Darkly Dreaming Dexter - 2015 Reading Challenge
Are you noticing the checklist in the right sidebar getting more and more filled up? I am! I won't tick every box before the end of the year, but I'm so glad I did this 2015 Reading Challenge. I've read huge amounts of books that I would never have otherwise picked up, and that's been the goal all along.
One of the things I've always wanted to do as a writer is to write with a unique voice. It's easy enough to write (at least if that's what you want to do -- write), but writing a book with a character's voice that's so memorable that the reader continues to think about it after the book is over -- that's difficult to do.
The book I chose for a book based on or turned into a TV show was recommended to me by a friend, and previously I didn't even know that it was a book: Darkly Dreaming Dexter by Jeff Lindsay.
Writing about a serial killer is nothing new. Writing about police hunting a serial killer is nothing new. But, to my knowledge anyway, this is one of the first times someone has written about a serial killer that hunts and kills only other serial killers. Candice Fox has a sort of similar idea in her brilliant Archer & Bennett series, but it's executed (no pun intended) completely differently.
The opening pages of Darkly Dreaming Dexter are some of the most eerie, creepy, wonderfully horrible pages I've read in a while.
Moon. Glorious moon. Full, fat, reddish moon, the night as light as day, the moonlight flooding down across the land and bringing joy, joy, joy. Bringing too the full-throated call of the tropical night, the soft and wild voice of the wind roaring through the hairs on your arm, the hollow wail of starlight, the teeth-grinding bellow of the moonlight off the water. All calling to the Need.
You get to know Dexter right away. You're thrown smack dab in the middle of the mind of a cold-blooded killer, a man who admits to being inhuman and lacking a heart, and yet he only uses his unquenchable desire to murder on the people who truly "deserve" it, the monsters of this world that fly under the radar and escape from police without justice. Raised by a man who was an excellent cop himself, Dexter revealed himself as having the traits of a killer early on, and his father -- fed up with watching bad guys get away -- trained him how to find and stop killers without getting caught.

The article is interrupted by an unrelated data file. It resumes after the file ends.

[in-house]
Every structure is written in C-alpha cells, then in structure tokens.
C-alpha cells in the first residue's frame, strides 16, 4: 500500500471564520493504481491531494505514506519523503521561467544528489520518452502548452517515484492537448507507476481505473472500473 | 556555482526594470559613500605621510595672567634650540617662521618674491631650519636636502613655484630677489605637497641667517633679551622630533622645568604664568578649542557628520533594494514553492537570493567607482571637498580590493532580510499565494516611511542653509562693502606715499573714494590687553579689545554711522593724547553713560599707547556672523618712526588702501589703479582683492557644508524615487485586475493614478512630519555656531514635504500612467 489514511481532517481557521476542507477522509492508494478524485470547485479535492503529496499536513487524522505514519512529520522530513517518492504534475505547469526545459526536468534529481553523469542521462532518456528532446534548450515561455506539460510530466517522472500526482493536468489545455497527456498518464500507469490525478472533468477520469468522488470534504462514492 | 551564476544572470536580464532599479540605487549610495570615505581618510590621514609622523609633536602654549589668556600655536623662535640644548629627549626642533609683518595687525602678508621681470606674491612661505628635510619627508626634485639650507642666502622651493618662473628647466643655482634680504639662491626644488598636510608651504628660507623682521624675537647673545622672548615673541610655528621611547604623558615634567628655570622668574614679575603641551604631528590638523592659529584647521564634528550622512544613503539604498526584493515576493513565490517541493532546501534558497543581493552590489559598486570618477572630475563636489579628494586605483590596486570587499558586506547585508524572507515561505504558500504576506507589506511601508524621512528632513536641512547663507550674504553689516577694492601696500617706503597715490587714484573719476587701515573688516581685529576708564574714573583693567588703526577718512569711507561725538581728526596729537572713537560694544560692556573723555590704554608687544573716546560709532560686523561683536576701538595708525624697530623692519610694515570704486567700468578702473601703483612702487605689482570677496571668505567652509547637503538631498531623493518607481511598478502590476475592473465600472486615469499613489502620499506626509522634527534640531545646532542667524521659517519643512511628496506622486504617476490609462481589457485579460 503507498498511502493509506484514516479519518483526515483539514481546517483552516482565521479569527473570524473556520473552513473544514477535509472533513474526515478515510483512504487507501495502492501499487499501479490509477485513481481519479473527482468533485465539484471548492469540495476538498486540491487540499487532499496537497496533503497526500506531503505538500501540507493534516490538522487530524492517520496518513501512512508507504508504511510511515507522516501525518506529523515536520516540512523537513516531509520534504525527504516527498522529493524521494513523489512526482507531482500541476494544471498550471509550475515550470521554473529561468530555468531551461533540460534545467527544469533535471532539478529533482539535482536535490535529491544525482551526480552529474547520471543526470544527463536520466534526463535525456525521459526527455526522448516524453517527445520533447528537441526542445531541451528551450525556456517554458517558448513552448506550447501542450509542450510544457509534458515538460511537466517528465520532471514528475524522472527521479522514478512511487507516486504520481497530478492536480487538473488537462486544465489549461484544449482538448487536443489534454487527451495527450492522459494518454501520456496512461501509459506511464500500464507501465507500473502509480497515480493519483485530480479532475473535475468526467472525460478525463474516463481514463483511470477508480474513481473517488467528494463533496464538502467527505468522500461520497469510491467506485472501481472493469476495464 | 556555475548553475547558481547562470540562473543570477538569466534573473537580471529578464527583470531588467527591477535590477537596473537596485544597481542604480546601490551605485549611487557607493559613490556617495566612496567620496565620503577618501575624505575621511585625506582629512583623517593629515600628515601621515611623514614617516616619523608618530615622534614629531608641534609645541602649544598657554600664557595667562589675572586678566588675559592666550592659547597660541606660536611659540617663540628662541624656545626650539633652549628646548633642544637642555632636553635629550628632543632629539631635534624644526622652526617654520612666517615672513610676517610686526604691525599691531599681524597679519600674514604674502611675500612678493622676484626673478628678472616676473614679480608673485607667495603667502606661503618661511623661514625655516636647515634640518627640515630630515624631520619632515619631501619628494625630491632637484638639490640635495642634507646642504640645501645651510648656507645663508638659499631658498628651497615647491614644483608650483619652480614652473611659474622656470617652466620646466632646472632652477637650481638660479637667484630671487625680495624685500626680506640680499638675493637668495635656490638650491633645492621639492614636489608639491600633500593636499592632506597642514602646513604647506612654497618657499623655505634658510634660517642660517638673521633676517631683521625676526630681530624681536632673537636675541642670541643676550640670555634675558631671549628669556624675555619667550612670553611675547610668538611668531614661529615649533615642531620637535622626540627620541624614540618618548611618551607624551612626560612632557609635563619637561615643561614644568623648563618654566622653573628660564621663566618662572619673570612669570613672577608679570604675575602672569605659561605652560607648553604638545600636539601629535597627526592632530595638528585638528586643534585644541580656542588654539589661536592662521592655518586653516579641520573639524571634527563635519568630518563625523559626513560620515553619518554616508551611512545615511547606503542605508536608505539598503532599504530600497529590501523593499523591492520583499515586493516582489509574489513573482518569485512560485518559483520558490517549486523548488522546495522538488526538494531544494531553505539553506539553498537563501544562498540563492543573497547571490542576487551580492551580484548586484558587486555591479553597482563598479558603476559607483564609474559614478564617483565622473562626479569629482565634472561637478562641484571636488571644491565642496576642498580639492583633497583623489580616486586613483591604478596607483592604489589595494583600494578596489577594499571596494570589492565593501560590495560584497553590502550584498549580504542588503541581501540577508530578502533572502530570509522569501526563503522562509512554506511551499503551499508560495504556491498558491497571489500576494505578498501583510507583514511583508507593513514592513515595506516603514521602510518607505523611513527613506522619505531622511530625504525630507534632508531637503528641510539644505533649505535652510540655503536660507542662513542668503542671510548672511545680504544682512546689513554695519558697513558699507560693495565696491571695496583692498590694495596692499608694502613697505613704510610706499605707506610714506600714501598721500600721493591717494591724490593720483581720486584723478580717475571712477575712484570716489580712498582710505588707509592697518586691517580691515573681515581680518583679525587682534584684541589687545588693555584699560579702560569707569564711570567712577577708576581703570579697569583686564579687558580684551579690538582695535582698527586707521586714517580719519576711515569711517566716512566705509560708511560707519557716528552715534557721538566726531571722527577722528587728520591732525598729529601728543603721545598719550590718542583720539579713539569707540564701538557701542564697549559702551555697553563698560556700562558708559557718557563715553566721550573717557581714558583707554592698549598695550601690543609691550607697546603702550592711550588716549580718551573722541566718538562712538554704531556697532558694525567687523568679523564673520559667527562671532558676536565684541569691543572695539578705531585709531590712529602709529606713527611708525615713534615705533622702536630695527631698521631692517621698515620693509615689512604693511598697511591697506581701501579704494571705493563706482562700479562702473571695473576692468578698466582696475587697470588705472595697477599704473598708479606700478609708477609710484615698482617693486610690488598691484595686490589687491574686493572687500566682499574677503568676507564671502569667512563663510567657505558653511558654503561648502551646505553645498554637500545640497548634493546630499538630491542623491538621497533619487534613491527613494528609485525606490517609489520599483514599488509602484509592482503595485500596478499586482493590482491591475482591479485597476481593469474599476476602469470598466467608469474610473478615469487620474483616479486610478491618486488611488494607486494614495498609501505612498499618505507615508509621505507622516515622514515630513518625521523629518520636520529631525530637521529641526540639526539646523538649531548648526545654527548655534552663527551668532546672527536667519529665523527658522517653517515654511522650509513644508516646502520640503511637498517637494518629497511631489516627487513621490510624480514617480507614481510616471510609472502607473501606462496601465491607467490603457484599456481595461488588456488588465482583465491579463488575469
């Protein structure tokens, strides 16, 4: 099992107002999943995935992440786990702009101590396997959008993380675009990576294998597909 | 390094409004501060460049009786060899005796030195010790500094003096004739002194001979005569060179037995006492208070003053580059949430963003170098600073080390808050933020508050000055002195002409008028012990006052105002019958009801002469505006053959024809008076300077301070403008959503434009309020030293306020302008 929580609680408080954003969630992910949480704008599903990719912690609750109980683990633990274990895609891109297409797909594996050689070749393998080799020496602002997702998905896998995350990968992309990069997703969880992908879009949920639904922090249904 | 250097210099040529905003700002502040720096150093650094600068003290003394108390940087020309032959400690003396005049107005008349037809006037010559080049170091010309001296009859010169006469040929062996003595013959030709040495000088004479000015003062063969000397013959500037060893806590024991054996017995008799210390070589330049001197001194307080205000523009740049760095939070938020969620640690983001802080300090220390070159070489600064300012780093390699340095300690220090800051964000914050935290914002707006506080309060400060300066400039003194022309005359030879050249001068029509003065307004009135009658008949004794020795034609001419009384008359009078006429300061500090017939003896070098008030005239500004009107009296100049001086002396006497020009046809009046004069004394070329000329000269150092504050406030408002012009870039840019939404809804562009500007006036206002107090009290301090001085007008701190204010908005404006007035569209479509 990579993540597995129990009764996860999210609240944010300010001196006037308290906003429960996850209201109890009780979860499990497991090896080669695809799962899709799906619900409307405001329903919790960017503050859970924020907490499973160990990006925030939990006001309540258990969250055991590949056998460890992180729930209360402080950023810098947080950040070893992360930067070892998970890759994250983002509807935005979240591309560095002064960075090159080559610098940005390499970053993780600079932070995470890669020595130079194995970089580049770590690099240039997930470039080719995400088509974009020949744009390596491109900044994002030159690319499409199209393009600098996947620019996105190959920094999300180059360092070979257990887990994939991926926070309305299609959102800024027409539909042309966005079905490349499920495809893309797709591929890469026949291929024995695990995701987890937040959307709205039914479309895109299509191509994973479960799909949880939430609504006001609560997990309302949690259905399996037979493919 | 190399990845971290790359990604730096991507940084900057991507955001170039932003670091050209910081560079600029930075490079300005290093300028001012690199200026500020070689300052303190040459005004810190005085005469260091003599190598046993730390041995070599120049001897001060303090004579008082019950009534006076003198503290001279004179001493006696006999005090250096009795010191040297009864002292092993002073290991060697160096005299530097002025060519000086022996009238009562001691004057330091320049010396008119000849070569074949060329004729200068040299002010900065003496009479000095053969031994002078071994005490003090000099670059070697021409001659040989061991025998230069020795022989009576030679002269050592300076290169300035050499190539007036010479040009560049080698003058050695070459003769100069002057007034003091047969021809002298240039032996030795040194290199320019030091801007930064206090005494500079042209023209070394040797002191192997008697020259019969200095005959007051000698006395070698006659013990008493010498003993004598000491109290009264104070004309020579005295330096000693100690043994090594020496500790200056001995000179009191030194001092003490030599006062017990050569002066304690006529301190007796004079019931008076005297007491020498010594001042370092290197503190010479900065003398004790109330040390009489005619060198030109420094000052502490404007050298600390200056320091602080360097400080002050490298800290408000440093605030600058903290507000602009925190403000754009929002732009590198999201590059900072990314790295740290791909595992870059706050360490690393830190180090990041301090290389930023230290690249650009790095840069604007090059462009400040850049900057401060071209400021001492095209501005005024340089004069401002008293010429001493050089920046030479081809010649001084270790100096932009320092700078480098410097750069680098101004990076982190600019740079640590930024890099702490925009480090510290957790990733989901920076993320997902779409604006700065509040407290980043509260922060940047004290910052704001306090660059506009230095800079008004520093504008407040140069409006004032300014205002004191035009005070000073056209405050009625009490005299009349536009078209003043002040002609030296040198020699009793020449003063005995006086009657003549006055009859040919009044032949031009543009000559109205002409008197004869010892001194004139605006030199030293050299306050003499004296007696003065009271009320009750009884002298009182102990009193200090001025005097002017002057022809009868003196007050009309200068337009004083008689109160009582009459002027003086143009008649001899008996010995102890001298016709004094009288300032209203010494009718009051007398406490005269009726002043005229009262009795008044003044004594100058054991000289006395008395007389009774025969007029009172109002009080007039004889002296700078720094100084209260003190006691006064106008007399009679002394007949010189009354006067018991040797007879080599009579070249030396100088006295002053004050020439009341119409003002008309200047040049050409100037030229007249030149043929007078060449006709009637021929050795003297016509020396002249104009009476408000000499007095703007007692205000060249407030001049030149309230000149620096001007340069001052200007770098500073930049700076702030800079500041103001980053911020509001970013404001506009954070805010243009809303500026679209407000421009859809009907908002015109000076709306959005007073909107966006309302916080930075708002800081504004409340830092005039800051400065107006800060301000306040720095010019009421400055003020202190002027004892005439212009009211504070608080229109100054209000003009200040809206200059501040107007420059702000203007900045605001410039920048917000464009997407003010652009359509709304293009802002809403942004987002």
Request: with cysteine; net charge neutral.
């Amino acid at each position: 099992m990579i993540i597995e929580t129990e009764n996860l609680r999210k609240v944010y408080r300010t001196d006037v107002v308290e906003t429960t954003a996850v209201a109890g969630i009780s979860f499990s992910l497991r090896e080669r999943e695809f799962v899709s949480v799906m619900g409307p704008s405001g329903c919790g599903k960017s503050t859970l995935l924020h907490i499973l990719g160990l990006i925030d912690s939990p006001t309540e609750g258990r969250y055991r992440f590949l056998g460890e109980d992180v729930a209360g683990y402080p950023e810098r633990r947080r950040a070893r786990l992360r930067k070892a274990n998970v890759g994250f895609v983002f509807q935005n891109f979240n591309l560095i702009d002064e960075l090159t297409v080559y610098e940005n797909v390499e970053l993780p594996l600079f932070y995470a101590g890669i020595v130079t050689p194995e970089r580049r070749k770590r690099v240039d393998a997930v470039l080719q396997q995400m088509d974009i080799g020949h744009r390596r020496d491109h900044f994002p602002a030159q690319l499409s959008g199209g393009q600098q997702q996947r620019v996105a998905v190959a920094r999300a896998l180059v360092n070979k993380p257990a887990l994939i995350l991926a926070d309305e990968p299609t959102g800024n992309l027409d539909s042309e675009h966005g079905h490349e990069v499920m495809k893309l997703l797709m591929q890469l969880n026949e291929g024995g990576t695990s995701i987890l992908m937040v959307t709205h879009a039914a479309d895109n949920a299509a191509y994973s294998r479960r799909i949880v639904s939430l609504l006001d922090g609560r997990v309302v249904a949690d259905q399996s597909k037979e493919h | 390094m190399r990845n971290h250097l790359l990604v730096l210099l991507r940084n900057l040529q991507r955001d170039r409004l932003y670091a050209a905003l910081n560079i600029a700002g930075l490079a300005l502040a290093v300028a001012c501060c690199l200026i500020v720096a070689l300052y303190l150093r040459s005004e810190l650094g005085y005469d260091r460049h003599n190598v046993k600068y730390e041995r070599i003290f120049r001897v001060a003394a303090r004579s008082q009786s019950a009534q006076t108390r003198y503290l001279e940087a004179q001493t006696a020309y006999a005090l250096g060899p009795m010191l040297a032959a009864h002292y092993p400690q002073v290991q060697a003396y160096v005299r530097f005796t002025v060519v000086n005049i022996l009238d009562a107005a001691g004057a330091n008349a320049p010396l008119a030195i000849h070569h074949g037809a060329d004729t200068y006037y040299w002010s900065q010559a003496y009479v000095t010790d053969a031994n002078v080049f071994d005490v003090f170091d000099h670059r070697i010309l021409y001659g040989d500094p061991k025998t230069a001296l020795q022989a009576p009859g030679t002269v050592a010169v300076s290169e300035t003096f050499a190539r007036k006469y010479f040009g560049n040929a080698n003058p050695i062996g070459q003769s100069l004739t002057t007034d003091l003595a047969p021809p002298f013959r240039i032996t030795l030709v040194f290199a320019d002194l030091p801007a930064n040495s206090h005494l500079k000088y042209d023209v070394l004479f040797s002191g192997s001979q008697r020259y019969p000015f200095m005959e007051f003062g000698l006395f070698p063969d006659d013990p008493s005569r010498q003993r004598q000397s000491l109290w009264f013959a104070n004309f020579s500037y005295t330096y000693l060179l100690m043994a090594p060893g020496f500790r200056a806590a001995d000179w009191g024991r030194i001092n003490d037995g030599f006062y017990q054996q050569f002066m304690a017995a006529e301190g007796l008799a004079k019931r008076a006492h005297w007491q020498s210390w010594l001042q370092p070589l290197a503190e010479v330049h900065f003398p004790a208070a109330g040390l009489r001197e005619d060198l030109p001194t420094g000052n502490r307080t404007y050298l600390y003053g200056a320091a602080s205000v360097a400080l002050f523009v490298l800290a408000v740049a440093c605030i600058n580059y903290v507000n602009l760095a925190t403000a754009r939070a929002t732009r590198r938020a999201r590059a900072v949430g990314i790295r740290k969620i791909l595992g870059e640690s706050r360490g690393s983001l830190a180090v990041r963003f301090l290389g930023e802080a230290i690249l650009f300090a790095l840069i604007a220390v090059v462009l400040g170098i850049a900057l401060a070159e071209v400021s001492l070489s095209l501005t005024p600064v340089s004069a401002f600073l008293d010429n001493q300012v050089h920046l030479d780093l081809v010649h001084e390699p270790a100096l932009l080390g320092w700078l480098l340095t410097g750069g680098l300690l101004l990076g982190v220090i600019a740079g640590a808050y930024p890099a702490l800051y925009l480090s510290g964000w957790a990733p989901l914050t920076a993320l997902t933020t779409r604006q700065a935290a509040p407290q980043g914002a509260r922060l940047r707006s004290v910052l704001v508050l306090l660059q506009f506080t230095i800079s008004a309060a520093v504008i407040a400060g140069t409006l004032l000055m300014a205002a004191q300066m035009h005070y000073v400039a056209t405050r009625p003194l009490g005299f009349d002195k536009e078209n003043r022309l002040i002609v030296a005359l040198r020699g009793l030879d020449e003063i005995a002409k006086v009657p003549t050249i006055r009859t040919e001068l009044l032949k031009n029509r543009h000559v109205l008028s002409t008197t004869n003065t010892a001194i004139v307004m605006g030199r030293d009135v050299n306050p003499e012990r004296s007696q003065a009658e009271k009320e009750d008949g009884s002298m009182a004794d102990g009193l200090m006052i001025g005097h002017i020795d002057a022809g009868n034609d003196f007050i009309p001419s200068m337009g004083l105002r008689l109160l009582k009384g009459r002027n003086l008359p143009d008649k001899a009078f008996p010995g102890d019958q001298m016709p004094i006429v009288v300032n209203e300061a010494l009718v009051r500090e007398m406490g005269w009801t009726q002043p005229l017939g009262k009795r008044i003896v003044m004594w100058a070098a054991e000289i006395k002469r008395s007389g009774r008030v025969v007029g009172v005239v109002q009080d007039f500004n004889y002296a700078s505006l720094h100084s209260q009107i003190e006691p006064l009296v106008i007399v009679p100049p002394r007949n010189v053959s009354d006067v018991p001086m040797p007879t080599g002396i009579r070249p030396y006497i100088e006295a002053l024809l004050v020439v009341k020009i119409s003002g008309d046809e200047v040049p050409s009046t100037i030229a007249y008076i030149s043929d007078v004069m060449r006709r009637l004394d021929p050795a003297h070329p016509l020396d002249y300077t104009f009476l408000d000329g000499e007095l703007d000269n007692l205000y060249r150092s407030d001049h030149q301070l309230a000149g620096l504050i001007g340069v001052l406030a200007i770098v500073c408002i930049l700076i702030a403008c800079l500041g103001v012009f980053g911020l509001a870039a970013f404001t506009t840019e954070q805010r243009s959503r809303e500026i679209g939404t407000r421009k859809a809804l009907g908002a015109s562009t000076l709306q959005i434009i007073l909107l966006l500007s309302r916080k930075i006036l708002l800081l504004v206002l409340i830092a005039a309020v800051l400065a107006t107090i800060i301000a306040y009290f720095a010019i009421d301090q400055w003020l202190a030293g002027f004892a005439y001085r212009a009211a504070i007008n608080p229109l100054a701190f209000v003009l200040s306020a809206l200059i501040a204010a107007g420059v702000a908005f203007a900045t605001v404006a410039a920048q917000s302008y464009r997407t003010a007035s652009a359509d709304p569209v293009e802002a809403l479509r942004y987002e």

By day, Dexter works with his sister Deb, a bottom-rung Miami cop who's forced to work undercover as a whore and is dying to climb the ladder to homicide detective. Dexter himself is a blood spatter analyst, but he's far more useful to the police than just that skill. He understands killers. He knows what makes them tick. And he has been the reason many a serial killer has already been put behind bars -- not to mention the ones he secretly puts in the ground.
When a new killer presents himself with a particularly gruesome and "artistic" series of murders, Dexter finds himself torn between wanting to stop the man, and wanting to surrender to his instincts completely and join him out of respect for his artful flair. However, Deb sees this serial killer as her prime opportunity to become a homicide detective and convinces Dexter to help her find the guy before the lead detective on the case can.
Darkly Dreaming Dexter was a quick, exciting read. There were a few cringe-worthy moments for me, but honestly, TheLittle Red Chairswas harder to read than this book. What stuck out to me was the voice -- how crisp, clear, and singular it was. I would know within seconds if I was reading another Dexter book, even without seeing the cover or the characters' names.
My only complaint about this book was the sister, Deb. Honestly, by the end, I was ready to throw her off a bridge myself. She whines throughout the novel at Dexter whenever he withholds information from her, and she's so desperate to get out of working Vice that she's happy to become a detective purely because Dexter has solved the crime and not due to anything she does on her own merits. She swears constantly, punches the crap out of him when he annoys her, and like I said...whines. A lot.
Happily, she's not in the majority of the book, so I was still able to enjoy the thing. If you like creepy books without too much horrific gore, this might be just the one for you.
Feature image credit: Maarten Van Damme / Flickr / 2009